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Tools Ease Consolidation Calculations


In an earlier IBM Systems Magazine series, I focused on the project-management aspect of server consolidation. There are many tools available to help you justify your project, architect your systems, and perform capacity planning and performance analysis around a server-consolidation and virtualization effort. IBM and its business partners provide these are special tools and utilities (all free) to help you realize the full benefits of server consolidation through virtualization.

Alinean's IBM Systems Consolidation Evaluation Tool

Let’s start out by discussing Alinean's IBM Systems Consolidation Evaluation Tool. Companies can use this tool during the assessment piece of a server consolidation. It’s designed to provide a preliminary, high-level analysis of the estimated potential consolidation savings by switching to IBM Power Systems server from other platforms. It allows you to take a single workload, enter basic account information and then uses benchmarks and other research elements to set normalized response values.

Among other features, it provides an executive summary and detailed ROI and total-cost-of-ownership (TCO) illustrations—based on the input you provide (see Figure 1). This worksheet compares the server hardware costs for ongoing maintenance and growth expectations for the current environment versus the purchase price and growth expectations for the server hardware for the proposed IBM server solution. It also provides elaborate documentation on your current configuration and the proposed changes.

IBM System p Consolidation Guide

Another tool worth looking at is the IBM System p Consolidation Guide, which was developed by IBM PartnerWorld group IBM CompeteLine. This guide is a complex spreadsheet full of dynamic formulas, which are used to help size Power Servers. It supports consolidation from systems including, HP, Fujitsu and Sun servers and even supports older pSeries and RS/6000 server migrations. It uses data from IDEAS International and Standard Performance Evaluation Corporation (SPEC) to help determine the number of POWER processors needed to support competitive workload consolidation to IBM Power Systems servers. It uses the server models to be consolidated, their current utilization, workload, and the OS that the workload will be moved to (AIX 6.1, AIX 5.3, AIX 5.2), and Linux as input. Its output is an estimate of the number of processors needed to support the workloads. I’ve used this tool to determine the number of servers and processor cores necessary to migrate from Sun and HP to IBM Power Systems servers, and in the process saved customers hundreds of thousand of dollars because I didn’t over architect the solution, which some consultants have a tendency to do.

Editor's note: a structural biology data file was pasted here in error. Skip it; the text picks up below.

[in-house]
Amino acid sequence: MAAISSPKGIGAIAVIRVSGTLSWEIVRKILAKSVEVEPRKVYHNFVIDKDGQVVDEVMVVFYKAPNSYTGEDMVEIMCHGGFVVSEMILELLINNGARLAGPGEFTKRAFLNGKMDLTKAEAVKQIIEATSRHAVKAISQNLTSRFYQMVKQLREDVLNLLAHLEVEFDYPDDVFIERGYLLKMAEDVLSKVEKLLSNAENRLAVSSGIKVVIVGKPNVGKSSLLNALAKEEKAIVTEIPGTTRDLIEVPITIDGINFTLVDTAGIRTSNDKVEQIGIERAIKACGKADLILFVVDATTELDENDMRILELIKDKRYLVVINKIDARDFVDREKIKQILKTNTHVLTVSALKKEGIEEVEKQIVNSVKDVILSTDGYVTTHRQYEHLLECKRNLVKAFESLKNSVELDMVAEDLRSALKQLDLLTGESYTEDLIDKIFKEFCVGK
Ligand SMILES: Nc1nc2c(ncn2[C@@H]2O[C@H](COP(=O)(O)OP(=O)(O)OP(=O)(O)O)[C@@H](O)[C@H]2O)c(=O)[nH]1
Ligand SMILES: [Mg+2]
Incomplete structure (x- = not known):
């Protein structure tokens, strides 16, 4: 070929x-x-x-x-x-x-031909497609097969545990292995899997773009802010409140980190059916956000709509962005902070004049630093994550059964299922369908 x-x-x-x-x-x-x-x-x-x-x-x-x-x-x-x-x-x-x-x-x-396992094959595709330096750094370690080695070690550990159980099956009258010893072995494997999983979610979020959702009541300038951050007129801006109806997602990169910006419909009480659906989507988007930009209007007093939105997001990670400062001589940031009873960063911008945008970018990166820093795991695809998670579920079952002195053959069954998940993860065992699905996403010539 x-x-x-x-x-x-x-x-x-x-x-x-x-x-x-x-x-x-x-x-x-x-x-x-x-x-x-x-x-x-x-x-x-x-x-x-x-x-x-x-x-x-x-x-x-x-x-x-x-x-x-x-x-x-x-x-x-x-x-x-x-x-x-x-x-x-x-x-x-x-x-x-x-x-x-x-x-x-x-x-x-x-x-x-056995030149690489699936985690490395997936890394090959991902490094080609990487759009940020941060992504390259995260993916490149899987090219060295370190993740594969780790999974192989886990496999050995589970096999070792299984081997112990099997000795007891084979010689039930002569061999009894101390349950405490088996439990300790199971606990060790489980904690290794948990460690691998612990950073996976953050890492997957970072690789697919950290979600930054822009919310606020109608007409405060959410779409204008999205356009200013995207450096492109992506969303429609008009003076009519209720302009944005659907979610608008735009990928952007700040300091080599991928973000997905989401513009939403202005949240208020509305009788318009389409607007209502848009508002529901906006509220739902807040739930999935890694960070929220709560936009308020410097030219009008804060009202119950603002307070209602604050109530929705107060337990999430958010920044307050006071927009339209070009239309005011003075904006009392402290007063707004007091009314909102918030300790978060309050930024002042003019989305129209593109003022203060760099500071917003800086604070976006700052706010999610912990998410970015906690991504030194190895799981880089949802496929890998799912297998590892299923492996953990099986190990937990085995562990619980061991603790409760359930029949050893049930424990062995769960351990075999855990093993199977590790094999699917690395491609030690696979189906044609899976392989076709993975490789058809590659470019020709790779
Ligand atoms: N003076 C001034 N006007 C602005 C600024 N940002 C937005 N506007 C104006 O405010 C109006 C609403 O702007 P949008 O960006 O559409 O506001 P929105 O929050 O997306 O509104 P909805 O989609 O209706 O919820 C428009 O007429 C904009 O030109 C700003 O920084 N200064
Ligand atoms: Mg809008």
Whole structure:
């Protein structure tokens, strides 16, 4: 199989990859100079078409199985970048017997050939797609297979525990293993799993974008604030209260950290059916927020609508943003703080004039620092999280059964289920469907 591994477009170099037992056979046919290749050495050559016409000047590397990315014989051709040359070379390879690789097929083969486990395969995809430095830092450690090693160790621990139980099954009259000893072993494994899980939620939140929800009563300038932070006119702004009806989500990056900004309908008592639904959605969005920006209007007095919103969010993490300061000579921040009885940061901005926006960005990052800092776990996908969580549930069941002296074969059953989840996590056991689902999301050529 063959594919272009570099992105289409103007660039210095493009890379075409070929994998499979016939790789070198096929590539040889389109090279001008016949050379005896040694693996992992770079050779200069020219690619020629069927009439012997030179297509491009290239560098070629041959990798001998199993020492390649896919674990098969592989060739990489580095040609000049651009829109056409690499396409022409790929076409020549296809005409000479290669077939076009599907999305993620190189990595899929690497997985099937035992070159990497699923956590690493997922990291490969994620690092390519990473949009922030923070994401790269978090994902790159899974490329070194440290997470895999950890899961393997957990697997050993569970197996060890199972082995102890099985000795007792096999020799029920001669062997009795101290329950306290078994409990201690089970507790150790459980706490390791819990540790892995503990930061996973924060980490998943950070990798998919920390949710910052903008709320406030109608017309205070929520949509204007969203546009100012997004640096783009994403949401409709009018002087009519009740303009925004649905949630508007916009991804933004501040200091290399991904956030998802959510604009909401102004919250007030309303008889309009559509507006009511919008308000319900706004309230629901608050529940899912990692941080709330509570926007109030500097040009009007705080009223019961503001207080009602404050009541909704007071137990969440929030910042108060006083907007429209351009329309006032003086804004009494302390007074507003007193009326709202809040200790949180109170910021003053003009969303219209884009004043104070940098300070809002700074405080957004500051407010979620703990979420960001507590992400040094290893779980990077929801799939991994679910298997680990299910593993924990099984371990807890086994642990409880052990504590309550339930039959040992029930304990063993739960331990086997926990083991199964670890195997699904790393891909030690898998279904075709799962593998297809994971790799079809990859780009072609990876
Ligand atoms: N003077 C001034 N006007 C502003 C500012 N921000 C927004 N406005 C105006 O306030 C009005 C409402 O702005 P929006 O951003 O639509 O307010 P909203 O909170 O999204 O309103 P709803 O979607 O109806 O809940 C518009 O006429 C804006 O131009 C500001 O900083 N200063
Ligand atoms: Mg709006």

Power on Wheels

So what’s a customer to do if you’ve brought into the concept of server consolidation, but really want to see a demo? The answer is Power on Wheels. This is an incredible offering—a real system that consists of a POWER6 processor in a Power 570 box, and 8-way XXX, a Hardware Management Console (HMC), and a Cisco network switch (see Figure 2). It’s actually meant to go to a customer for a two-three week period to demonstrate the benefits of server consolidation and virtualization. It’s prepackaged so customers can even add their own applications. It allows you to look at the benefits of virtualization, including CPU sharing and utilizing a virtual I/O server. It also allows you to look at green features such as Active Energy Manager. It even provides graphical monitoring and management tools and contains multiple LPARs of various OSs, including AIX and Linux. I’ve seen this tool demonstrated at one of my user-group meetings and I recommend this wholeheartedly for any customer who is seriously considering IBM’s Power Systems product line.


Ken Milberg, CATE, PMP, is a diverse IT Professional with 20+ years of experience. Ken is a technology writer and site expert for techtarget and has also been a frequent contributor of content for IBM developerWorks. Ken has also been a freelance writer for IBM Systems Magazine and is a former technical editor. He can be reached at

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